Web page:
Have you ever grumbled about how hard reinstalling Windows NT is? Have you ever noticed that Windows 95's Briefcase is a great idea trapped in a poorly implemented program? Have you ever wanted to remotely install applications on users' desktops with just a few mouse clicks and no programming? If so, you'll be happy to learn about new developments in the Zero Administration for Windows (ZAW) initiative.
After years of indifference, Microsoft has finally decided to make supporting its operating systems easier. Microsoft is making many support changes under the ZAW umbrella. At first glance, ZAW seems like a huge, all-encompassing change to how NT works, but ZAW really rests on just a few key technologies: a new caching system, better application installers, intelligent storage, and PCs with a mildly smarter BIOS.
IntelliMirror: A Network Caching System
A keystone of ZAW is IntelliMirror, a new caching system built into NT 5.0. Instead of the common disk cache found on all modern desktop operating systems, IntelliMirror is a network cache. Here is how network caching works: Accessing a file on a network is typically slower than accessing a file on a local hard disk, so NT 5.0's network redirector keeps a copy of often-used network files on the local hard disk. Suppose you want to access a file on the network. The redirector checks whether the copy on the hard disk is the same as the copy on the network. If the copies match, the redirector simply accesses the local hard disk copy, saving time. If the copies don't match, the redirector updates the appropriate file and then accesses the hard disk copy.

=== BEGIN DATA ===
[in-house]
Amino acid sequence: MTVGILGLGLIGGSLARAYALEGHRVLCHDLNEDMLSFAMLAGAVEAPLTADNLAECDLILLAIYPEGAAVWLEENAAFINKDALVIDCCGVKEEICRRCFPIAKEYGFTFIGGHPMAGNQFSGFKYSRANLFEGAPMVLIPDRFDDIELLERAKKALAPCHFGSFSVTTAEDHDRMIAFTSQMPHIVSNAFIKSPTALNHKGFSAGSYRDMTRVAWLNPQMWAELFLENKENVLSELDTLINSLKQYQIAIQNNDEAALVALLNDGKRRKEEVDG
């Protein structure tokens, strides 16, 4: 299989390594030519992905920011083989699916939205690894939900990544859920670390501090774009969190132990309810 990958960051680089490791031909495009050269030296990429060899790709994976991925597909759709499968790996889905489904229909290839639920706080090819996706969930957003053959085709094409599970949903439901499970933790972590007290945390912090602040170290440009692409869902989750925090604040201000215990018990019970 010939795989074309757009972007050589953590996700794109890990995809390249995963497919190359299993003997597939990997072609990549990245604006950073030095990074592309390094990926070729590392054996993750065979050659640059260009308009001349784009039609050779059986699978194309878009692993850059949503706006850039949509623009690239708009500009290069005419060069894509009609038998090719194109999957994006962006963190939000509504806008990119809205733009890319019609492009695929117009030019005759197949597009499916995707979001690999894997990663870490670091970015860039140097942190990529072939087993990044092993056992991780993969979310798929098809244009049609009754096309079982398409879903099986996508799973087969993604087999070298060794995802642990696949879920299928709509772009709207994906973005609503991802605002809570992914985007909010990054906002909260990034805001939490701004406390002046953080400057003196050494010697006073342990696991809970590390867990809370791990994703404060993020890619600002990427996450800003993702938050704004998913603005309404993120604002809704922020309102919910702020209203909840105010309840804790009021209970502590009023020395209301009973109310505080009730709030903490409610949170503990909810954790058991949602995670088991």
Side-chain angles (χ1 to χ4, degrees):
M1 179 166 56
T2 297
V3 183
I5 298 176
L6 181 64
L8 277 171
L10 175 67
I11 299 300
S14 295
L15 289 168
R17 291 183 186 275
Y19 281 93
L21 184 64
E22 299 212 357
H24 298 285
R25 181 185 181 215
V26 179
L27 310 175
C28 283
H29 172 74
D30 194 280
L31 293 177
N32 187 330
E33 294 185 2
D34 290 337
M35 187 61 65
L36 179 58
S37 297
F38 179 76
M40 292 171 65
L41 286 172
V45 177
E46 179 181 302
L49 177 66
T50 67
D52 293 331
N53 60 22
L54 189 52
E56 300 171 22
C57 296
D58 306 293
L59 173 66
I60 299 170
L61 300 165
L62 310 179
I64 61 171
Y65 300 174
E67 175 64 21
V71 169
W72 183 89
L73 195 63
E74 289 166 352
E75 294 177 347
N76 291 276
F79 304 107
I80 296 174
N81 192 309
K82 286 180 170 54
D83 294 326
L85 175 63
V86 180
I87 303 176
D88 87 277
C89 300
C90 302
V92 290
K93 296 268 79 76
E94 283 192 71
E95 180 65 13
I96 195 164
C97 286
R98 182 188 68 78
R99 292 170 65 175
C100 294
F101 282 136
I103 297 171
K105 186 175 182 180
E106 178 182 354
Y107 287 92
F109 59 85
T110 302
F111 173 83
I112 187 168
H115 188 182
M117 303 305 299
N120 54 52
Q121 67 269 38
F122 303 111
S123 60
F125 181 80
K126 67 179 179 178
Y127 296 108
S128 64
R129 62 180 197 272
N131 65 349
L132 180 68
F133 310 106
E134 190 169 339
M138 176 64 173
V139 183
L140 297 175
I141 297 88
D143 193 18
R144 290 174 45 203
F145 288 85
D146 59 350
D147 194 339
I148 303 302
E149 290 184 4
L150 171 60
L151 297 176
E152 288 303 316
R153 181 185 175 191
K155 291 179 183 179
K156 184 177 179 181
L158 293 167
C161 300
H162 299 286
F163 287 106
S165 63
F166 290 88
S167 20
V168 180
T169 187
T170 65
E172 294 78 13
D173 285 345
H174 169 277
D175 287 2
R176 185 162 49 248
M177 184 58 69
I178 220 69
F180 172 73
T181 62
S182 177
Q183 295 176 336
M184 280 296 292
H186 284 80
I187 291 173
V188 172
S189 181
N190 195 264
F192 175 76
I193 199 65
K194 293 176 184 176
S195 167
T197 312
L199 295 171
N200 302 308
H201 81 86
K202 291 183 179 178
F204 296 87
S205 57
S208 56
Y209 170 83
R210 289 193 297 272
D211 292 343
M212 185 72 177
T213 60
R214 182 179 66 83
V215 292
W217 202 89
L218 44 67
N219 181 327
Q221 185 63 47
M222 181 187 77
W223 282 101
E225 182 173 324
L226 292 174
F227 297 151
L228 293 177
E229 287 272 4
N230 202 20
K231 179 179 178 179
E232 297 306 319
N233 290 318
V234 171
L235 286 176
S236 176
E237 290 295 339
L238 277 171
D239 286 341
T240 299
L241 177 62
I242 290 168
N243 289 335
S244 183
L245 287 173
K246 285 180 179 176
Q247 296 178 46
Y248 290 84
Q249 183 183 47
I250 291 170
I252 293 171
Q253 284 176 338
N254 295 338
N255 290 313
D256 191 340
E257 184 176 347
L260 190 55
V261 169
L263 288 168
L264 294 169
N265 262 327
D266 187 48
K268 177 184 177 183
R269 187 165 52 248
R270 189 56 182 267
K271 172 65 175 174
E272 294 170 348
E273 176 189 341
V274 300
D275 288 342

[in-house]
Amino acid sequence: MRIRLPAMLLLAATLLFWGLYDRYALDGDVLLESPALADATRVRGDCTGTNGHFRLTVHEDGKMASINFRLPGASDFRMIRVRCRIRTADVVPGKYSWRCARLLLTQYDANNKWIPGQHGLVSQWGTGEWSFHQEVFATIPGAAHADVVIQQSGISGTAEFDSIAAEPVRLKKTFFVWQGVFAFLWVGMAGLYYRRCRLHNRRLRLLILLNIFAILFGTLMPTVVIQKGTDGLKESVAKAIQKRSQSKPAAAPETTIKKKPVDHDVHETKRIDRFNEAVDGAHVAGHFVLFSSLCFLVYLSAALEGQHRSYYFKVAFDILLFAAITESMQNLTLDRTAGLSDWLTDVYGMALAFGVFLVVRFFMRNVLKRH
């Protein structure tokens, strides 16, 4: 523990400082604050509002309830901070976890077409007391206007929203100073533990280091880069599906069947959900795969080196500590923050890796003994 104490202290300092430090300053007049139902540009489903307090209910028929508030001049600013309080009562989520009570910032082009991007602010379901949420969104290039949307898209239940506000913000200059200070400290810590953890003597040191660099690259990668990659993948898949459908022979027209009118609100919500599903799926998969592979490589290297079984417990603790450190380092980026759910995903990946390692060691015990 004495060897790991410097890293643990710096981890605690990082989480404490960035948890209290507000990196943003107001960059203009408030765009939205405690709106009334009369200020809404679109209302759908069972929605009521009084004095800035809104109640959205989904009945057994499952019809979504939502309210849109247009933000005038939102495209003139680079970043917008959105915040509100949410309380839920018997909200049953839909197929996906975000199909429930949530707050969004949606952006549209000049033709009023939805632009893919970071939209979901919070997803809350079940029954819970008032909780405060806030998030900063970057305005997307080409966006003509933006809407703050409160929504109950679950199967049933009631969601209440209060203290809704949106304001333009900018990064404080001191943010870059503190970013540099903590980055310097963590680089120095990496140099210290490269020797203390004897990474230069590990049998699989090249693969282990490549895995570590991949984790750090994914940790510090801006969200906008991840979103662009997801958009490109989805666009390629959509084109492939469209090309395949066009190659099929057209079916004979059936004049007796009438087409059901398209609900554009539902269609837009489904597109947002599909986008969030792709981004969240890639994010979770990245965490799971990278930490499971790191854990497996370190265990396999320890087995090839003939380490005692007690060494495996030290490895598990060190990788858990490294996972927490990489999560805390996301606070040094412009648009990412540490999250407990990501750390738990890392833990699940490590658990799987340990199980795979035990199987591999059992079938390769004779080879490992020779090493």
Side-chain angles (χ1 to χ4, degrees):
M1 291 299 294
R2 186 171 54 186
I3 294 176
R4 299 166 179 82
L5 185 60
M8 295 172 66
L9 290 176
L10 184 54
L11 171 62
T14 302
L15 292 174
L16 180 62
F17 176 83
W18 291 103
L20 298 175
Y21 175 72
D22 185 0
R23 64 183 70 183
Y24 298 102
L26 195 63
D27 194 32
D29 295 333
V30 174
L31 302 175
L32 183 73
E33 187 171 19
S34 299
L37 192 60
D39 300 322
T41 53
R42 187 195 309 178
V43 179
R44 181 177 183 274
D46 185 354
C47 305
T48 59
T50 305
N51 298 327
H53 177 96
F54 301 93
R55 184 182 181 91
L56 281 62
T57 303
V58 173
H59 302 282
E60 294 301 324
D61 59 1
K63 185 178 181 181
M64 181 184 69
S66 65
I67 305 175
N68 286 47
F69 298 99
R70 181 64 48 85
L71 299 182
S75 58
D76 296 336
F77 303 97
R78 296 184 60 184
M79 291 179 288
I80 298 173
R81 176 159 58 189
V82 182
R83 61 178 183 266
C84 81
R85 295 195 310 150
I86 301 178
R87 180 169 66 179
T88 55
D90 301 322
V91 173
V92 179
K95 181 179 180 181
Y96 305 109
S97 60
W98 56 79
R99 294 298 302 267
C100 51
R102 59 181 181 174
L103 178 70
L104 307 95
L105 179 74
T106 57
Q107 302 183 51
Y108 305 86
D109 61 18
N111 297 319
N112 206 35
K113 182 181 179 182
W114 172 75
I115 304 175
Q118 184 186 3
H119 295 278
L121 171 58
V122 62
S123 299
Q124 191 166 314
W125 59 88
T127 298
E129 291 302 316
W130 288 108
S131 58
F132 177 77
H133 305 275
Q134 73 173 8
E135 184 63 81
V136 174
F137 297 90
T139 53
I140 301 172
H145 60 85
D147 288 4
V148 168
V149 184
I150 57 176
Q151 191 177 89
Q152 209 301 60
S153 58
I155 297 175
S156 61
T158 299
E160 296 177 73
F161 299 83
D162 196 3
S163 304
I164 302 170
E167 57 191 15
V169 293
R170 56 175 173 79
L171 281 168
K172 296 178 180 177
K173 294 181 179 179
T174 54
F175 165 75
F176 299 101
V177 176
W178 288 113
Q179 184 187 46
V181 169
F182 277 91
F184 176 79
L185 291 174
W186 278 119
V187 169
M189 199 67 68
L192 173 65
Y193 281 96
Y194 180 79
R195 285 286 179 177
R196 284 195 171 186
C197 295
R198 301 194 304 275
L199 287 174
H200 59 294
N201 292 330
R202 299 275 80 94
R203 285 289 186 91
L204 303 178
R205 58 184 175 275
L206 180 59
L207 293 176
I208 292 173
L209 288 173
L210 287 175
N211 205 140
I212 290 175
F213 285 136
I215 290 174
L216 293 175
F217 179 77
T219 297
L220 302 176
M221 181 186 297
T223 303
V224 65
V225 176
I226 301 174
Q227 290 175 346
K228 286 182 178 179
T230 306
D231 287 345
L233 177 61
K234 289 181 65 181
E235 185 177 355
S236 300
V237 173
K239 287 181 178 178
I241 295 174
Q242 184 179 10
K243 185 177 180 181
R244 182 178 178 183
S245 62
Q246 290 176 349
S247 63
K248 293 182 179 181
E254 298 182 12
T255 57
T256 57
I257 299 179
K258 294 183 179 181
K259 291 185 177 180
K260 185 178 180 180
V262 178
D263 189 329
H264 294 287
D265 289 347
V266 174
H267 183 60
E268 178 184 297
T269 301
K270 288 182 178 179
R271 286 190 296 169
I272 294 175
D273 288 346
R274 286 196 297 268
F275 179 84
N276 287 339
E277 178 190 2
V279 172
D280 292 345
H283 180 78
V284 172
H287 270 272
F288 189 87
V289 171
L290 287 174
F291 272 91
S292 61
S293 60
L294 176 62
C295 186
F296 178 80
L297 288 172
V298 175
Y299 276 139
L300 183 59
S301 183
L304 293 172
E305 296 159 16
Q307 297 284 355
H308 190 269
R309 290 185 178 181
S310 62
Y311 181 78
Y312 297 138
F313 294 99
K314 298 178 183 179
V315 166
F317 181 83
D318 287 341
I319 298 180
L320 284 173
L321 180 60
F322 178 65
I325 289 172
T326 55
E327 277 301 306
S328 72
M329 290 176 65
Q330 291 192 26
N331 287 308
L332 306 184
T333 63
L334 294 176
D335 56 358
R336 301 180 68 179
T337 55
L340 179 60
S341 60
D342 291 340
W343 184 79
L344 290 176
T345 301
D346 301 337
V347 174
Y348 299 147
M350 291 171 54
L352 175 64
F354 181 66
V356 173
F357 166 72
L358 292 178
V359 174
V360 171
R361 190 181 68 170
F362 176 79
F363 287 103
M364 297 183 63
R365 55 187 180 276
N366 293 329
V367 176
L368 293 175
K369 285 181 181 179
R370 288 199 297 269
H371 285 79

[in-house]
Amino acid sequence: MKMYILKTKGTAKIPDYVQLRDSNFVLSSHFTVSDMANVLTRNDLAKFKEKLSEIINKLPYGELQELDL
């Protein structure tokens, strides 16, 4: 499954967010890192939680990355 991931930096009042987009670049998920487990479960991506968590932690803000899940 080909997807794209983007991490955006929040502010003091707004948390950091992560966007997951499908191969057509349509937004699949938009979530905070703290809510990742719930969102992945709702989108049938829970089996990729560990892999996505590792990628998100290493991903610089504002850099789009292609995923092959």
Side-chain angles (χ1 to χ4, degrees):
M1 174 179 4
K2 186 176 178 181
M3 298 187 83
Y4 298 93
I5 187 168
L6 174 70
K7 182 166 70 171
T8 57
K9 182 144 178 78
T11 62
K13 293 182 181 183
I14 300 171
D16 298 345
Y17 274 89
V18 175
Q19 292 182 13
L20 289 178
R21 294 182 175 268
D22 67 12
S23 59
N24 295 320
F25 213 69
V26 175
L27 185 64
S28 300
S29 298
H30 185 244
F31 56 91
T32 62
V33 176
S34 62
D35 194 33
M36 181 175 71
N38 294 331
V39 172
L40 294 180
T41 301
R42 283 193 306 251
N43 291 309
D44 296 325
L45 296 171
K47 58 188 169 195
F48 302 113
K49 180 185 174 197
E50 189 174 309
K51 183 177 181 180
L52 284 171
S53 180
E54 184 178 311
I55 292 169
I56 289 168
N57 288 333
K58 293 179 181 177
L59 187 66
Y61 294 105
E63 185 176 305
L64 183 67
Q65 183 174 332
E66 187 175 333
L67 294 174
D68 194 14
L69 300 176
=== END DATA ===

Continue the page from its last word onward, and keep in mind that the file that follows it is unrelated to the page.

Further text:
If IntelliMirror detects that the server is no longer accessible because the network failed or you disconnected your laptop from the network, the file seamlessly works out of the cache. If you've ever lost a Word document because the network hiccuped, you'll love this feature.
You might also learn to love other IntelliMirror features because of the convenience they offer. For example, with IntelliMirror, your users can roam and keep their data handy. Microsoft suggests you set up the system so that applications store users' data in the My Documents folder. (You can, however, store your data anywhere you want. The My Documents folder is just the default). Because My Documents resides on the server, any machine you log on to can access those documents. Once the server and a machine connect, the NT 5.0 network redirector copies the documents onto the machine's local hard disk. Thus, users can quickly access those documents. Updating the documents is a bit slower because IntelliMirror is a write-through cache. When you modify and save a file, the redirector immediately writes the modified version to both the hard disk and the network.
IntelliMirror can make working with network-based files easier when you're on the road. Suppose you connect your laptop to the network so that you can work on a file located on a server named PUBSERVER. The file's universal naming convention (UNC) is \\pubserver\finance\oct97.xls. Once you're on the road, you just start up the laptop and open the file \\pubserver\finance\oct97.xls. Although you are no longer connected to PUBSERVER, the file oct97.xls is in your IntelliMirror cache and IntelliMirror recalls its original UNC. You can then work on the file and save it to the network (which is actually the IntelliMirror cache). When you reconnect to the network, NT 5.0 will detect that you changed oct97.xls and will automatically overwrite the copy on the server with the newer version on your laptop. If someone changed the version on the server while you were gone, IntelliMirror asks you what to do. As one Microsoft employee wryly explained to me at TechEd last June, IntelliMirror is "just like the Briefcase, except it works."